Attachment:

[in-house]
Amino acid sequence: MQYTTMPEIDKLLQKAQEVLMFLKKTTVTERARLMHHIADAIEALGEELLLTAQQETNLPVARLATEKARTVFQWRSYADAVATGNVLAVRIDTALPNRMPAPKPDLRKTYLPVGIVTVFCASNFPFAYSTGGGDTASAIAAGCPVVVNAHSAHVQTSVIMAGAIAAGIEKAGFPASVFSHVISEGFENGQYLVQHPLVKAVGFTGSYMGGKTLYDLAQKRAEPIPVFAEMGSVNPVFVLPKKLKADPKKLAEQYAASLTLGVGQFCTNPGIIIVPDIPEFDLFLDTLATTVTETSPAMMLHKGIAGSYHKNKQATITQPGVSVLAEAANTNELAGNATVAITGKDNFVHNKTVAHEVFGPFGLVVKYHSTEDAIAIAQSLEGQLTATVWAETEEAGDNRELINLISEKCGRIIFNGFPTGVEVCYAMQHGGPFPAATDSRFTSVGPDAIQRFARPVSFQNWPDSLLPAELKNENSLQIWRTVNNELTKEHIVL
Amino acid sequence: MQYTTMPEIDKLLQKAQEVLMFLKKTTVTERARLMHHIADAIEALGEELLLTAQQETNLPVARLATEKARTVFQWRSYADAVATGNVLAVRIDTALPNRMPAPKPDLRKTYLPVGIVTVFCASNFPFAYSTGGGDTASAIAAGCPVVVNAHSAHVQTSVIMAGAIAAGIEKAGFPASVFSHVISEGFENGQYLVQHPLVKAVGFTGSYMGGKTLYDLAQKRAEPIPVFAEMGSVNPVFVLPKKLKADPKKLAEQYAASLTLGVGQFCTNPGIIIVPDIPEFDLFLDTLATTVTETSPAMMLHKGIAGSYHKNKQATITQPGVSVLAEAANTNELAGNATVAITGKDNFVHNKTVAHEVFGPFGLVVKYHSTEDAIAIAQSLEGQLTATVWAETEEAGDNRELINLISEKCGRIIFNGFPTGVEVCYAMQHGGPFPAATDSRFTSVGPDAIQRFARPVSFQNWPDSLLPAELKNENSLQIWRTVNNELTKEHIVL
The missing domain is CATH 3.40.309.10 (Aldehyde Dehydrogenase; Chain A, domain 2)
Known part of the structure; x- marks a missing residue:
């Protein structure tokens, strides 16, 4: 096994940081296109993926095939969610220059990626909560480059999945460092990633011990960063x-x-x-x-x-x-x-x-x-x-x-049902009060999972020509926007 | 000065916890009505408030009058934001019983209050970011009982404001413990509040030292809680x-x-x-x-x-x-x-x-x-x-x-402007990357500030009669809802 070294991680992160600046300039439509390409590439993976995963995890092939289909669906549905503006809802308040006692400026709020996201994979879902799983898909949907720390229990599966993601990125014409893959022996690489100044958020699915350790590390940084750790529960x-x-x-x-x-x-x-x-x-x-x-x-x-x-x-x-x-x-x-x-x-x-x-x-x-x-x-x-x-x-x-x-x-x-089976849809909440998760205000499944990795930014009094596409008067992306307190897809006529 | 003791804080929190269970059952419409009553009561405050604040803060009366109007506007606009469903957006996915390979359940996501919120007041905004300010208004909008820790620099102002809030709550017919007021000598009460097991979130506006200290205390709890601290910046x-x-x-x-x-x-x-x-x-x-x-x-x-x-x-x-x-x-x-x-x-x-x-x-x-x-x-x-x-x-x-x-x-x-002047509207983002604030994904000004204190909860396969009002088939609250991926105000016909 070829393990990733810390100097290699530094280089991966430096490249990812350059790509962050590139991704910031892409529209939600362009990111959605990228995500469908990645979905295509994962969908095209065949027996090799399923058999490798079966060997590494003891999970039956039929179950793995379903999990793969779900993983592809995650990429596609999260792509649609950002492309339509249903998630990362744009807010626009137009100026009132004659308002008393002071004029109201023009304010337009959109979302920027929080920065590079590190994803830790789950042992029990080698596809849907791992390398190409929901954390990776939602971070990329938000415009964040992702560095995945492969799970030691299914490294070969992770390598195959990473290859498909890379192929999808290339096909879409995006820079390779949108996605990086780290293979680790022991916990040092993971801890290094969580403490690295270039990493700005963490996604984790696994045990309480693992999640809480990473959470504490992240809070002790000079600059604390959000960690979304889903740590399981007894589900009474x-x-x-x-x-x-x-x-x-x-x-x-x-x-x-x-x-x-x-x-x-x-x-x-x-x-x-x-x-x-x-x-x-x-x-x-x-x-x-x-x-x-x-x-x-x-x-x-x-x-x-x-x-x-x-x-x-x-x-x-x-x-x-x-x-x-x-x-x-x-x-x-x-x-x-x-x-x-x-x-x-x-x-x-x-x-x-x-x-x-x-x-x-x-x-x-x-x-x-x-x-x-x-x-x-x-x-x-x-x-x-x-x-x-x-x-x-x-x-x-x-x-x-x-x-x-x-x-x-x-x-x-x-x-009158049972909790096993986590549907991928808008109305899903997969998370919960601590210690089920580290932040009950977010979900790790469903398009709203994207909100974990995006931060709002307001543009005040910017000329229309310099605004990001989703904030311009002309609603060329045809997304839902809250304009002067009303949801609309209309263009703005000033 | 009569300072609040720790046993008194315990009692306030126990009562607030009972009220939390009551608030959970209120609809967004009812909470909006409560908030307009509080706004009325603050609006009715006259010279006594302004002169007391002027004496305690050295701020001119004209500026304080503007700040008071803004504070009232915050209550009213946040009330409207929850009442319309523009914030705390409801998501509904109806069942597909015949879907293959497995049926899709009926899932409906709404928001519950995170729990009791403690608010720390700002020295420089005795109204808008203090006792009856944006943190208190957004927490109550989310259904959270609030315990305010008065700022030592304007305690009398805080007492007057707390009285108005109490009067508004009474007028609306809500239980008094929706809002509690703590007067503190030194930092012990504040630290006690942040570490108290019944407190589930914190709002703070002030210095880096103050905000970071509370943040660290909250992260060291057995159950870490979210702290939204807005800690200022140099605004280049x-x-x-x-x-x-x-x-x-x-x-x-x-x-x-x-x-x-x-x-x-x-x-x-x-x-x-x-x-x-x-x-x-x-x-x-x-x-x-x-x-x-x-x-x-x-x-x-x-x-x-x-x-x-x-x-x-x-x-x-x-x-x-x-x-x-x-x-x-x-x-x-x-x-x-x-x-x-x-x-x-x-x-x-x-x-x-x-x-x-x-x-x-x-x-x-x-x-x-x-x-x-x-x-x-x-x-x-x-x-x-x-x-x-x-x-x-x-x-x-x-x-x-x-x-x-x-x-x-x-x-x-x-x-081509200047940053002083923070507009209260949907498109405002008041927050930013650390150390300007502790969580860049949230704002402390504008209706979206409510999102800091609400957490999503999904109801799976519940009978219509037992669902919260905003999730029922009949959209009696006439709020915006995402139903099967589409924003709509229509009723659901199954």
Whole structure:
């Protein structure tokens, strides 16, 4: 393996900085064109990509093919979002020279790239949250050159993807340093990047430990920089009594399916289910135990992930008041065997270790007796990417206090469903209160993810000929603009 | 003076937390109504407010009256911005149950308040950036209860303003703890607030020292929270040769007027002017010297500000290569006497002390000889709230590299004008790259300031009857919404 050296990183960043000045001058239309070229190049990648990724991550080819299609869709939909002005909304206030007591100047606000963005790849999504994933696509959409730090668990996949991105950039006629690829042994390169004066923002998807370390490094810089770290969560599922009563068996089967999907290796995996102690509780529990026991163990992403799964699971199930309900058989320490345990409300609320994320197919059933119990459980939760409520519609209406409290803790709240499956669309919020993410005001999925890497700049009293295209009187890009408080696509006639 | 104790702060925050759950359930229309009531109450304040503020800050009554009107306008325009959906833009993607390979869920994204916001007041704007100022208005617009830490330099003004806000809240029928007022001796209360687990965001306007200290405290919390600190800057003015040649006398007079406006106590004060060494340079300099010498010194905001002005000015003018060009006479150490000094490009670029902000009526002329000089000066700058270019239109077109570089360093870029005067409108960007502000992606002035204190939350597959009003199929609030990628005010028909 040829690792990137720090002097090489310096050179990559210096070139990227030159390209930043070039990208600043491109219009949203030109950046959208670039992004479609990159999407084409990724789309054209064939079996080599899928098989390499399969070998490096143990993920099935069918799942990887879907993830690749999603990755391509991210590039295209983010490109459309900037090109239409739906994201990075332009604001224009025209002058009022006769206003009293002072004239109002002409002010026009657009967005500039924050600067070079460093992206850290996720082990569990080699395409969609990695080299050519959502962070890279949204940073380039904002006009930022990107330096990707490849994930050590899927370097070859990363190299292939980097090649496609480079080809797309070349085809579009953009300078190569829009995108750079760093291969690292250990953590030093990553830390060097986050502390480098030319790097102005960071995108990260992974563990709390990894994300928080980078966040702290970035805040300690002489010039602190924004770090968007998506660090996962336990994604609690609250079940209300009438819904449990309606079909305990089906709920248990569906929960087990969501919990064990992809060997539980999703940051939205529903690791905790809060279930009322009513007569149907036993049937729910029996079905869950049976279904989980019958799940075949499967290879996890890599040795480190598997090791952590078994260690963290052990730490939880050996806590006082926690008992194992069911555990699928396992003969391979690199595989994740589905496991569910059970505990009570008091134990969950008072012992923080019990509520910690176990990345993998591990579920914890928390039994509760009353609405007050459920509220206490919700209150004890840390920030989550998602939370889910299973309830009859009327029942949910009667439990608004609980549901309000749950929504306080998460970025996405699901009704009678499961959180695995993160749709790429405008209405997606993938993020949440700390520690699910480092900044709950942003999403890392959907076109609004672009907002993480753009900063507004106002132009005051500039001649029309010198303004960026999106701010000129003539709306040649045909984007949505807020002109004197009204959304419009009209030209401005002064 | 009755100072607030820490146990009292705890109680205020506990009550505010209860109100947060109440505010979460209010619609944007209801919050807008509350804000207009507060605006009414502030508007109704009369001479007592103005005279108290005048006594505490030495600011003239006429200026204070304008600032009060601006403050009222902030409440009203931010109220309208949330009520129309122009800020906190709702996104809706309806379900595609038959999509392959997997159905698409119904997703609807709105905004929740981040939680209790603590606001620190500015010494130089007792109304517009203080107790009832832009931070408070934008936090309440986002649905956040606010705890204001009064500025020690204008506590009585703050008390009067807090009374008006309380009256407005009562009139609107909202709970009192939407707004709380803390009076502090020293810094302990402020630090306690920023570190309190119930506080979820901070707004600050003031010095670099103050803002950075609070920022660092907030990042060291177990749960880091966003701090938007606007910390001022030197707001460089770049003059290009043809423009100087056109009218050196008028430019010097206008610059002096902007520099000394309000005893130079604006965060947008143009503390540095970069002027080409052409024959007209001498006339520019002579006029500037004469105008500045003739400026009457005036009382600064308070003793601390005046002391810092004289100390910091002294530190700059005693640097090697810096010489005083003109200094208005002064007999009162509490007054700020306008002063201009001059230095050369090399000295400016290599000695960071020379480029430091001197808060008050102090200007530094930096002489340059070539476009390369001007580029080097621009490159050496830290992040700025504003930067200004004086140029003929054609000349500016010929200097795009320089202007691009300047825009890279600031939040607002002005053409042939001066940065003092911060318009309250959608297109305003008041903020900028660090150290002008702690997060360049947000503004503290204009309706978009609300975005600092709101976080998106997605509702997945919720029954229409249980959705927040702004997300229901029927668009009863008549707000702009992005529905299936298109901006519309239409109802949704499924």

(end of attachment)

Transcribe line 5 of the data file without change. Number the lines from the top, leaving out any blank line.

Known part of the structure; x- marks a missing residue: